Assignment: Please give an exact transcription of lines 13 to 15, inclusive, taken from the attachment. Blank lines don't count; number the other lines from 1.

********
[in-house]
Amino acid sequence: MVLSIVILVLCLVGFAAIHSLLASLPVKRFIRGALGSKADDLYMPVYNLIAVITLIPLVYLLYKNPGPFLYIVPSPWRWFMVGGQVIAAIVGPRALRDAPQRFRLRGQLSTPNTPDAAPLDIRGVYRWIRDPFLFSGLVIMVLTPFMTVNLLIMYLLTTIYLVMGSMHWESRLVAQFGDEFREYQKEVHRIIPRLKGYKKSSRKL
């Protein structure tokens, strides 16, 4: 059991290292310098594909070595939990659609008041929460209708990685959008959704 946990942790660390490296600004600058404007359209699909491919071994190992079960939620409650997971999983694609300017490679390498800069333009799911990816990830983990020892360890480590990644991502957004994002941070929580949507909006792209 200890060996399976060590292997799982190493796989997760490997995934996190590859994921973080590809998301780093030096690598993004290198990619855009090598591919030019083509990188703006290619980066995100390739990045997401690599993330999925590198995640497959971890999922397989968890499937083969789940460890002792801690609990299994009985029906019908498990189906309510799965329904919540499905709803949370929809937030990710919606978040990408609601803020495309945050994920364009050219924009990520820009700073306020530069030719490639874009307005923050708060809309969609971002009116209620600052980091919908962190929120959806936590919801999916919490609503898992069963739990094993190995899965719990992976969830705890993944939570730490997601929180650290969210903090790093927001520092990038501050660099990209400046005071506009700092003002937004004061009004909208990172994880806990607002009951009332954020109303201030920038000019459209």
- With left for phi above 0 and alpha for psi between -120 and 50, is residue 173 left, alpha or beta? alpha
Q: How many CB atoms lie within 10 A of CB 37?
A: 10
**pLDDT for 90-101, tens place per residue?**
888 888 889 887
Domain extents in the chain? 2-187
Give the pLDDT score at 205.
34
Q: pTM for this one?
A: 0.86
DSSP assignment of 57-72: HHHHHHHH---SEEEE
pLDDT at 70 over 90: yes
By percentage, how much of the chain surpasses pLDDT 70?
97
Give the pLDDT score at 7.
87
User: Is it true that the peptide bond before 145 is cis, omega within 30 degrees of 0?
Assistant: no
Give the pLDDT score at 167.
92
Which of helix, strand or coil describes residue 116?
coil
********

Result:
A: 0.86
DSSP assignment of 57-72: HHHHHHHH---SEEEE
pLDDT at 70 over 90: yes